"Be sure and have a positive tone and wish your partner, 'Goodnight,'" Klapow says. "It sounds cheesy but simply saying goodnight with feeling or telling them you love them sends both of you off to sleep with a positive emotion to your relationship. The words, the feeling and the tone, if authentic, will remind both of you that you are together."


Go To Bed With A Kiss

"This is not about having sex or making moves towards that," Klapow says. "It is about physically showing your partner your love." According to him, you don't necessarily have to kiss or even hug every night. Simply patting them or giving a gentle touch can show them that you care.

Couples can even try doing a 30-second hug or a 15-second kiss, Julienne Derichs, LCPC, a licensed clinical professional counselor tells Bustle. Again, you don't even have to make it about sex. "Touch and affection that is just for the sake of touch and affection can strengthen the emotional bond a couple feels," Derichs says. "A lot of couples fall into the pattern where the only time they show each other physical affection is when they want sex. Don't fall into that trap."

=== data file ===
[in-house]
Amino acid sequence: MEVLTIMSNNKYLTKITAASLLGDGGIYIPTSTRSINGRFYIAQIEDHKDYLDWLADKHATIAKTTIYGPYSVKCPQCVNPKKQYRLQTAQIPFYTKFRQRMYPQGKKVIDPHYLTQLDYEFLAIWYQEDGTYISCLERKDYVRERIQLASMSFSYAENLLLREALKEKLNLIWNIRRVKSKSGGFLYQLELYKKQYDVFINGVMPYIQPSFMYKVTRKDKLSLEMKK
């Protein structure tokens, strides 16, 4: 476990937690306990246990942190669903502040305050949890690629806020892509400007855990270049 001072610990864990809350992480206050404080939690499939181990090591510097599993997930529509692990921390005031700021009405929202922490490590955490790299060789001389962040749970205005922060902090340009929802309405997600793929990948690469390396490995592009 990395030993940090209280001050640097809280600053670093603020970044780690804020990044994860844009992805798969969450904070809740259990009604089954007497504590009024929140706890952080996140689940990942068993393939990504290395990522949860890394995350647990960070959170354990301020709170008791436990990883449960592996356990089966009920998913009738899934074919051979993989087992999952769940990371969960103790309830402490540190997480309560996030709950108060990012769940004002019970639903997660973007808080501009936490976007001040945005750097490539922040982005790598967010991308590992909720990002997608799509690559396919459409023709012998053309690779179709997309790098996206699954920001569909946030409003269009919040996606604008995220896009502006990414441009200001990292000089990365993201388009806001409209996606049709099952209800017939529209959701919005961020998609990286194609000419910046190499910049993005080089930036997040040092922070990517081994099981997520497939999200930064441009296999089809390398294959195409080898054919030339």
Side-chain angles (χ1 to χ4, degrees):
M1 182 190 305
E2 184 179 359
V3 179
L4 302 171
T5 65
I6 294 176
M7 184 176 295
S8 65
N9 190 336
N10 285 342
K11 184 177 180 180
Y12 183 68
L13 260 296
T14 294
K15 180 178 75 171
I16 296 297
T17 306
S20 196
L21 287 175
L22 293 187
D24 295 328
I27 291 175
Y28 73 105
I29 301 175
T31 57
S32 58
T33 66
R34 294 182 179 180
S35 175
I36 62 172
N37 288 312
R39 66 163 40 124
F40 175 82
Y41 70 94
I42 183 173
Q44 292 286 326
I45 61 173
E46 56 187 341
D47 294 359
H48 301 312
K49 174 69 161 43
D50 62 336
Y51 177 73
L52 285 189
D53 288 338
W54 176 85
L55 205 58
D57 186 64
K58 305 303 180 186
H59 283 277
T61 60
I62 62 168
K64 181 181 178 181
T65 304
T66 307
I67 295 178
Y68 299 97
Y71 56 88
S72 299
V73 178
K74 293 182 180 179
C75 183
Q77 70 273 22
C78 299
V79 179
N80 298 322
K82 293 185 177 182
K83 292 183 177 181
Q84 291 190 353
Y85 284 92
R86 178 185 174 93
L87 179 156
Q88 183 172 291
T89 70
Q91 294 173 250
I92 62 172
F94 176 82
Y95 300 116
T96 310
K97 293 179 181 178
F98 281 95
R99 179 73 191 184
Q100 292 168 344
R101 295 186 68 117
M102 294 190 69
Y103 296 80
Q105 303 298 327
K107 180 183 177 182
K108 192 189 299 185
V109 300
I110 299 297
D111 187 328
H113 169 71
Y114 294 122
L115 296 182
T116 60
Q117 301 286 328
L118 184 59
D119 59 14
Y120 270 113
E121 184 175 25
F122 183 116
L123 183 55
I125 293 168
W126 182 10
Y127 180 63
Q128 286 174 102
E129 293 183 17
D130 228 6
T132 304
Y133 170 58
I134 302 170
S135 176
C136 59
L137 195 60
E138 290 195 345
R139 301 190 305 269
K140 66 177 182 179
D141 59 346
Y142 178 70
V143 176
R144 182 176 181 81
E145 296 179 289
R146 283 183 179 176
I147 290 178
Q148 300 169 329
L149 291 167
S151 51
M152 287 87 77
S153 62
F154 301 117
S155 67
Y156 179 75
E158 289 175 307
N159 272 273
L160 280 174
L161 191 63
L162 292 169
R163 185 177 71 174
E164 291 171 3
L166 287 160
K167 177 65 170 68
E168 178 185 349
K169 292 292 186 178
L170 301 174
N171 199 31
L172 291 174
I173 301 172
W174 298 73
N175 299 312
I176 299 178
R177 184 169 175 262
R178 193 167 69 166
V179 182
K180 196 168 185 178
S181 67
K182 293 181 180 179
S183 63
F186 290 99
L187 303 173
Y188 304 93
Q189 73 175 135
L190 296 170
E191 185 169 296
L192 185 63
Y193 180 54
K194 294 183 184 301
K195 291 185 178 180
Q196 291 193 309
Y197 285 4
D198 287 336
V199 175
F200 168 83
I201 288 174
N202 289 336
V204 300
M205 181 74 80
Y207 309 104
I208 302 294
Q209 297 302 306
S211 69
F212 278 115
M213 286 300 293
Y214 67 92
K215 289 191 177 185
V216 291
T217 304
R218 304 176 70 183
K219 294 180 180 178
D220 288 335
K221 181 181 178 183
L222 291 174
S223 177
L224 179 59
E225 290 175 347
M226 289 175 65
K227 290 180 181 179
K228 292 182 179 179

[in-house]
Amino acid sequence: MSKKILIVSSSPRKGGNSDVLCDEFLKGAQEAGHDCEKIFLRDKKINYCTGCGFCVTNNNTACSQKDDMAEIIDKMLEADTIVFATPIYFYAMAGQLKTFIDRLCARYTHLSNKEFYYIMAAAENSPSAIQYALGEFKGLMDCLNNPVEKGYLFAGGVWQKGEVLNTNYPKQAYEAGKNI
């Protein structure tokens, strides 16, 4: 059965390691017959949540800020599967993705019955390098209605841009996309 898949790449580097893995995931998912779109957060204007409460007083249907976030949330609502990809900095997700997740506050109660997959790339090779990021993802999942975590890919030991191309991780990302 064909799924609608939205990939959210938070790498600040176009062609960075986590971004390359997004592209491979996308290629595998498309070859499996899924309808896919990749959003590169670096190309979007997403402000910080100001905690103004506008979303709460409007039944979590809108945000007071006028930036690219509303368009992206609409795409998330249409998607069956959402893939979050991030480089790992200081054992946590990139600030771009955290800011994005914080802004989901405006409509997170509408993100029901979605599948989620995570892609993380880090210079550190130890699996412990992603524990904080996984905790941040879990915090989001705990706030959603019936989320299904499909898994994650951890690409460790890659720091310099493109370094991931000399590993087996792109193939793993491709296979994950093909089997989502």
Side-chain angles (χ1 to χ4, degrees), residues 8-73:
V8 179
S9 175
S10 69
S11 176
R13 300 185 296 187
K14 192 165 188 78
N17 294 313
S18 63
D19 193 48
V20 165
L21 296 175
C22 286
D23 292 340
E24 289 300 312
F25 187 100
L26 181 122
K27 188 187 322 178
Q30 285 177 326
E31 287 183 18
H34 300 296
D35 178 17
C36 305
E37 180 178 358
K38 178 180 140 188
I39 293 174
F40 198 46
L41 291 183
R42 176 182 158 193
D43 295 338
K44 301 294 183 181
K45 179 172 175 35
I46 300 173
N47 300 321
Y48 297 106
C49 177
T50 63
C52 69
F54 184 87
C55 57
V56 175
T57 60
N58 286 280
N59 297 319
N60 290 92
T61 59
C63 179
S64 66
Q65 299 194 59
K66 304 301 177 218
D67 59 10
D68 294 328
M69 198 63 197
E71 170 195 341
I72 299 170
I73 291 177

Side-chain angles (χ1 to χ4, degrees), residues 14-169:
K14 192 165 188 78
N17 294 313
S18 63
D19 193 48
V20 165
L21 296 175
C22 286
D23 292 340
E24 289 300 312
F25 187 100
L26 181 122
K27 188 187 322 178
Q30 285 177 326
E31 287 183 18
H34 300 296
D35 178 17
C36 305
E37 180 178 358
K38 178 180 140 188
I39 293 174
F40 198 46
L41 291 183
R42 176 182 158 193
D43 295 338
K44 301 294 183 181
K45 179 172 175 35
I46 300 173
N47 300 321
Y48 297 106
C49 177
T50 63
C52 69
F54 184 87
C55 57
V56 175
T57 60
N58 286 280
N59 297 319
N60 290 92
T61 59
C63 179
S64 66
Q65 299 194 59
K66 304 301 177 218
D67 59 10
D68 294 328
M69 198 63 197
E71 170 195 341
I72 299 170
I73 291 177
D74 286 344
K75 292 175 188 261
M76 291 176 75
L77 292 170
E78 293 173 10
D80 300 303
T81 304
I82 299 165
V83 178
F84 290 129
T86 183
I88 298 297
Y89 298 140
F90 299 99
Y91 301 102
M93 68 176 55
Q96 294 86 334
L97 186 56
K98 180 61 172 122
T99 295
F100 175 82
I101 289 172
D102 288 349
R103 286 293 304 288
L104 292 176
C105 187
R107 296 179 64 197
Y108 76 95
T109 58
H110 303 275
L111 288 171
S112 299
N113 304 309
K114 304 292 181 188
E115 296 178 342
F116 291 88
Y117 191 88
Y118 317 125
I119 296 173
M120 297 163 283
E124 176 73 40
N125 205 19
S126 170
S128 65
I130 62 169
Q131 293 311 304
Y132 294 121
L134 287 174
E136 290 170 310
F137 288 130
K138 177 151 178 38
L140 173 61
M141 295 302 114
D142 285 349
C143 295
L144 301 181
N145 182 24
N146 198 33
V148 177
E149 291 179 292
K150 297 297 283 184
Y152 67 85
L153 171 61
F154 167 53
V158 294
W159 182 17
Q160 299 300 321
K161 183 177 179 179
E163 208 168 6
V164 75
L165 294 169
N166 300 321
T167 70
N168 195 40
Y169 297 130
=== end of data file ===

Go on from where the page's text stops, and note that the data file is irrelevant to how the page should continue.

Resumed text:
Play A Game

Derichs suggests playing an intimacy building game like "Five Things." Whenever you or your partner calls out "Five things," you both go through five things within a certain topic. For instance, five things you're looking forward to tomorrow, things you're happy about in life, things you love about your partner, things you want to eat for breakfast, etc. "Being playful together can really strengthen your relationship," Derichs says.

We all know just how important communication is to a relationship. But as Whitney Linscott, Founder and CEO of Bracket Dating tells Bustle, "It does not mean, that you must sit across a table from each other and talk about your day for 30 minutes," she says. "Communication can take many different forms and they all play valuable roles. As long as you are actively engaging with your partner every night, just as diligently as you brush your teeth, your relationship will flourish."

Overall, it's all about the experiences you share together. Talking with your partner about the good things that happened in your day can make them feel like they were a part of it. If they're responsive and offer up supportive feedback, you'll feel like you shared in those moments together. So once again, open, positive communication is the key to intimacy and relationship success.